Let’s Get Ready to Research!
Beginning Your History Day Research: Getting the Topic Right
Now that you’ve selected a great History Day topic, it’s time to begin your research!
Look at broad secondary sources that summarize the historical period and help you understand why your topic is important. (Hint: You’ll probably have to broaden or narrow your topic to fit your research findings. Don’t worry: some of the best projects expand and contract and shift several times before you compete.)
Help Me, There’s Too Much Information: Narrowing the Topic
Pretty often, we initially choose a topic that might be too big. Here’s a real-life example:
Researching the theme “Taking a Stand,” one student started with a general interest in the Pacific Theater of WWII and thought he wanted to focus on the marines taking one of the Pacific Islands, probably Iwo Jima.
However, he soon found more information on Iwo Jima than a single History Day project could hold. After considering a lot of angles, he realized that almost all the books and stories he liked best were written by one journalist, Ernie Pyle. This quickly narrowed down his broad WWII Pacific Theater topic to something more specific and more interesting to him. He narrowed his approach even further by looking at Ernie Pyle’s life to see how he took a stand and ended up with an award-winning project!
Check out the final result: The Typewriter Heard Around the World
Help Me, I Can’t Find Resources: Broadening the Topic
Sometimes the initial topic we choose is too specific. It can be difficult to find information on very ancient history, or from foreign countries, or about minor historical events. (Hint: If you can’t find eight to ten quality primary and secondary resources through a good library, or electronic search, you probably need to revise your topic by broadening it.)
Here’s another real-life example:
I once had a student very interested in the movie Metropolis made by Fritz Lang during the Golden Age of German Cinema. She very much wanted to do a project on the making of the movie during the theme year “Communication in History: The Key to Understanding.”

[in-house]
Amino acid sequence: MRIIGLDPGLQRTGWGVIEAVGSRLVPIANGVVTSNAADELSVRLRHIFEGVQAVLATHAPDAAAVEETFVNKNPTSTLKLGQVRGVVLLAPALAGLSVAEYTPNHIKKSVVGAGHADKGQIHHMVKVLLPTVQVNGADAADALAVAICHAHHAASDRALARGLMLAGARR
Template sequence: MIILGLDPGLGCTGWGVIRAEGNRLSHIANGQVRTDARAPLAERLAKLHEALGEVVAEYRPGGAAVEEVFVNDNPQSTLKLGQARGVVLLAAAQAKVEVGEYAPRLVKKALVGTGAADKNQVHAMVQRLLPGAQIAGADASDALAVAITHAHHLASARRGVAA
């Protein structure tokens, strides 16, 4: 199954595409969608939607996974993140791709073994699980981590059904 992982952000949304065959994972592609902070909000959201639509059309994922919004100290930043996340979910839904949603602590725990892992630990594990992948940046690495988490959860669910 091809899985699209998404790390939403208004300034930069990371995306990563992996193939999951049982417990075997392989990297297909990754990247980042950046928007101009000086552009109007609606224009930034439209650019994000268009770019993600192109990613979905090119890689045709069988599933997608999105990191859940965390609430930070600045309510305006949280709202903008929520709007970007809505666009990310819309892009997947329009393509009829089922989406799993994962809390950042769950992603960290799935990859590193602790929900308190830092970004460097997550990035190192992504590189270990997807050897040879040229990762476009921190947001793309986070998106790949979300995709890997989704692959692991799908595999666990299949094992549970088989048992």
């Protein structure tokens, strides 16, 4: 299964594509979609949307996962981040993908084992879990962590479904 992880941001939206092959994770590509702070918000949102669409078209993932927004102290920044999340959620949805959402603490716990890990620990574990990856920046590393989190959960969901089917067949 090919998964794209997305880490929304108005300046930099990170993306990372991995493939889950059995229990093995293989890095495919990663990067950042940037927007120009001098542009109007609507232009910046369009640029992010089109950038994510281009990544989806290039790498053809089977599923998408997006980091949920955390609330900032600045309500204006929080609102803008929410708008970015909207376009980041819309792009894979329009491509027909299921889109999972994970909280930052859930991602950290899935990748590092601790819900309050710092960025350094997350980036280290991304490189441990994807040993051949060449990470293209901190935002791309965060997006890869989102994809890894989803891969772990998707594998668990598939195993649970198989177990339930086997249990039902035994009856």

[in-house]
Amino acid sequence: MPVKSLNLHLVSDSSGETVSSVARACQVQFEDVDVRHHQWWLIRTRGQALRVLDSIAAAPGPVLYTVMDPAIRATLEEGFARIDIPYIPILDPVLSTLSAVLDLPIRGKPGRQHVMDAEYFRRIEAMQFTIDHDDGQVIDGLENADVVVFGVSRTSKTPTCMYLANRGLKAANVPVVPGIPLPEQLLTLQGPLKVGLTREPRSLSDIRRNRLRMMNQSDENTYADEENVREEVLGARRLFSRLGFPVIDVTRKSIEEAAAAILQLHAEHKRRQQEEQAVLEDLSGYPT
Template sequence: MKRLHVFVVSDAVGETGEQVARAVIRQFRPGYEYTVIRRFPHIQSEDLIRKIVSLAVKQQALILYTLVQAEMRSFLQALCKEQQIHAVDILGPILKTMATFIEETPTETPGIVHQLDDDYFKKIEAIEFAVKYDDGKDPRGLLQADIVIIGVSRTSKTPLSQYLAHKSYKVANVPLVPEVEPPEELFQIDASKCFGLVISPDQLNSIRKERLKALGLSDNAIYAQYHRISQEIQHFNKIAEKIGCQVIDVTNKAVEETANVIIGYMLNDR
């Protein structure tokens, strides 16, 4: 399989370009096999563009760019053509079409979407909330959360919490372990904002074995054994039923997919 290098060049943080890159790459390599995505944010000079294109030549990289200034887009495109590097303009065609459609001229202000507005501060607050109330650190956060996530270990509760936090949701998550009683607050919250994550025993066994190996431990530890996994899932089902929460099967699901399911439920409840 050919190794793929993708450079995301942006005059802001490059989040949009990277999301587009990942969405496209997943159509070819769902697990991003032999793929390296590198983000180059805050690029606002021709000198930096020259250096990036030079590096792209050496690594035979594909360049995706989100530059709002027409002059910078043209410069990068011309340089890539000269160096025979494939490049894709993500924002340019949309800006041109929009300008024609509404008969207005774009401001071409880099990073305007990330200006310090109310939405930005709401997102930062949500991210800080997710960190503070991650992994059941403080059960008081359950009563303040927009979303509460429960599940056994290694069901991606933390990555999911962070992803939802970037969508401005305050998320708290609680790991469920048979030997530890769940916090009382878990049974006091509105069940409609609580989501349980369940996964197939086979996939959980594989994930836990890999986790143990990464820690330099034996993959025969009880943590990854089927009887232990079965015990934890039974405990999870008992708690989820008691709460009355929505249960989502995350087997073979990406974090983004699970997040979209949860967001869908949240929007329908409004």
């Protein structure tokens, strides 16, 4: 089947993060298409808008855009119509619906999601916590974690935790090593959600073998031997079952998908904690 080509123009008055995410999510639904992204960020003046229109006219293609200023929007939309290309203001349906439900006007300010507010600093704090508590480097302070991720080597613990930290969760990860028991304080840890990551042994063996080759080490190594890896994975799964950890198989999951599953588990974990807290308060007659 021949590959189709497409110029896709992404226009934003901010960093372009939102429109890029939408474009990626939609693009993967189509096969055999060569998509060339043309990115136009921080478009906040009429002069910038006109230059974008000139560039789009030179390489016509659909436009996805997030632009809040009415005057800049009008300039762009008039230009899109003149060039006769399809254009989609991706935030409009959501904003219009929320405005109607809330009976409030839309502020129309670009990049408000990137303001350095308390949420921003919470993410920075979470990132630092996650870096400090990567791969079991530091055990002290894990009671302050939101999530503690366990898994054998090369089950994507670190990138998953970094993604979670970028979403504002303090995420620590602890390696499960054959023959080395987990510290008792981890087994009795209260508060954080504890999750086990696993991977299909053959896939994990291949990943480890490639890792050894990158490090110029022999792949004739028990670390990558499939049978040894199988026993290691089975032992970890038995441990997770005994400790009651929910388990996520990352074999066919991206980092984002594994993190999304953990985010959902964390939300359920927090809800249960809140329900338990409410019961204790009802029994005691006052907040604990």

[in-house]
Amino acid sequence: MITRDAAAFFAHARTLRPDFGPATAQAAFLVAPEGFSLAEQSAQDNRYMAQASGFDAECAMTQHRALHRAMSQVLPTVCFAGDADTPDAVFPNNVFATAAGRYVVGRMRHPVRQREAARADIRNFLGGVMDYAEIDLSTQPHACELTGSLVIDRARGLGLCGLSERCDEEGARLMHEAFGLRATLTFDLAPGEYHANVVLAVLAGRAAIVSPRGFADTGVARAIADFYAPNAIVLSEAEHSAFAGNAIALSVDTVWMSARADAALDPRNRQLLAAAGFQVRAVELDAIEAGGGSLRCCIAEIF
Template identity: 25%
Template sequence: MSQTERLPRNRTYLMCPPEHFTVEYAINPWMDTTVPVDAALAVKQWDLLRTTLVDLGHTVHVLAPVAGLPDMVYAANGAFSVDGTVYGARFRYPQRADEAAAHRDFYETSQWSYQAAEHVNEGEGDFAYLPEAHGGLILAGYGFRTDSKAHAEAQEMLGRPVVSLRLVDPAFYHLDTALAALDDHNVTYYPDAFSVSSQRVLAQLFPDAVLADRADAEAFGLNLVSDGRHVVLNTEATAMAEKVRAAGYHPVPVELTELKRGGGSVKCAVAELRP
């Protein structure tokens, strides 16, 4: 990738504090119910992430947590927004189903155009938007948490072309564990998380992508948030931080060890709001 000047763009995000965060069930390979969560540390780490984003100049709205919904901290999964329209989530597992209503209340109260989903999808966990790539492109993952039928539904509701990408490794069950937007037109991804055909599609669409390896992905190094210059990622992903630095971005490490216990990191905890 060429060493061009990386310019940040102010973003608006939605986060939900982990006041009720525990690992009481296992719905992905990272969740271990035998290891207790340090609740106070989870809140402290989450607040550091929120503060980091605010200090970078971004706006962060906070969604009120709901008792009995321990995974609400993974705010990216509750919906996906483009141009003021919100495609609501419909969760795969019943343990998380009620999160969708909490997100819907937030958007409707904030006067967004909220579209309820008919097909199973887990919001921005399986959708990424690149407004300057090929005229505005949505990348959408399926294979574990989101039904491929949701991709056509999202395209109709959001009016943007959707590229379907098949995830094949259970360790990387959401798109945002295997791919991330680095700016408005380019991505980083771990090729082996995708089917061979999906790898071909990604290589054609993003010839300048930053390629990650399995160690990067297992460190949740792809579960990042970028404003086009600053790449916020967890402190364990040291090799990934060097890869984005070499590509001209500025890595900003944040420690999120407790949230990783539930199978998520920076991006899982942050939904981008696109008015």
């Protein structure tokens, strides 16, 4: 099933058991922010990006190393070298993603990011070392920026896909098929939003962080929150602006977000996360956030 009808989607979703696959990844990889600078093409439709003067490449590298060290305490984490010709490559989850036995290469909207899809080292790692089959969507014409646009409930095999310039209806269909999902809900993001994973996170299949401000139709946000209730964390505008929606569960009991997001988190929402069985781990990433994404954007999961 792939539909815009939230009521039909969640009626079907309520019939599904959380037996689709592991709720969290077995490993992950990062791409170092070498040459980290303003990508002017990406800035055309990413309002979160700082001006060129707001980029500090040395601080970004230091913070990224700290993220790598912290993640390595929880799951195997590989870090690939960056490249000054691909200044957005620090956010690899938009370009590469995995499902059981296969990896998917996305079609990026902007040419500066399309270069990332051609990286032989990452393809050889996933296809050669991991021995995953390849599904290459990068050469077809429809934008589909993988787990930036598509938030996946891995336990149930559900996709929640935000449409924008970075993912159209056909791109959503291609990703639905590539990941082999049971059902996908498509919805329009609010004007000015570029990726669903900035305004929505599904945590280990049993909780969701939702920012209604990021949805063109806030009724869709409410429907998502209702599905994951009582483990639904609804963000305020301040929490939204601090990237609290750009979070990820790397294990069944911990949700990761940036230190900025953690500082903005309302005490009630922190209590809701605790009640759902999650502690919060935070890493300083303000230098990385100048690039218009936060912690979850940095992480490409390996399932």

She quickly found numerous resources and citations on the movie, but no English resources on its making. However, she did find many resources on how the movie reflected the attitudes of a chaotic post World War I Germany, so she shifted her topic to a broader subject of Metropolis as a key to understanding Germany in the 1920s.
A Few Key Points to Remember:
• Find a general topic that genuinely interests you
• Keep researching until you find just the right topic
• Don’t get too discouraged (this stuff can be hard work)
• Have the courage to make a big change in your topic (if it seems right)
• Go back to your initial thoughts and question what you think is really important about a topic
• Do something that truly inspires you (it will show in your work and be more fun to do!)
• Talk to teachers and parents about your ideas and consider what they have to say
• Try to be creative and think “outside the box”
Where to find Resources:
• Feel free to start your general research using Wikipedia, but never use it as a resource in your final bibliography. You should follow and verify the footnotes to find real primary and secondary resources.
• If you are going to use Google, use Google Scholar
• Use some of the online resources suggested on the Maryland Humanities Council website which includes links to the Library of Congress, National Archives, and many others.
• Talk to your school Librarian or Media Specialist who have access to some amazing resources and are just waiting to show you how to use them
• Interview people who might know about your topic (history professors at a local college, a civil rights worker from the 1960s, the “Rosie the Riveter” in your community, a local historical society, veterans organizations)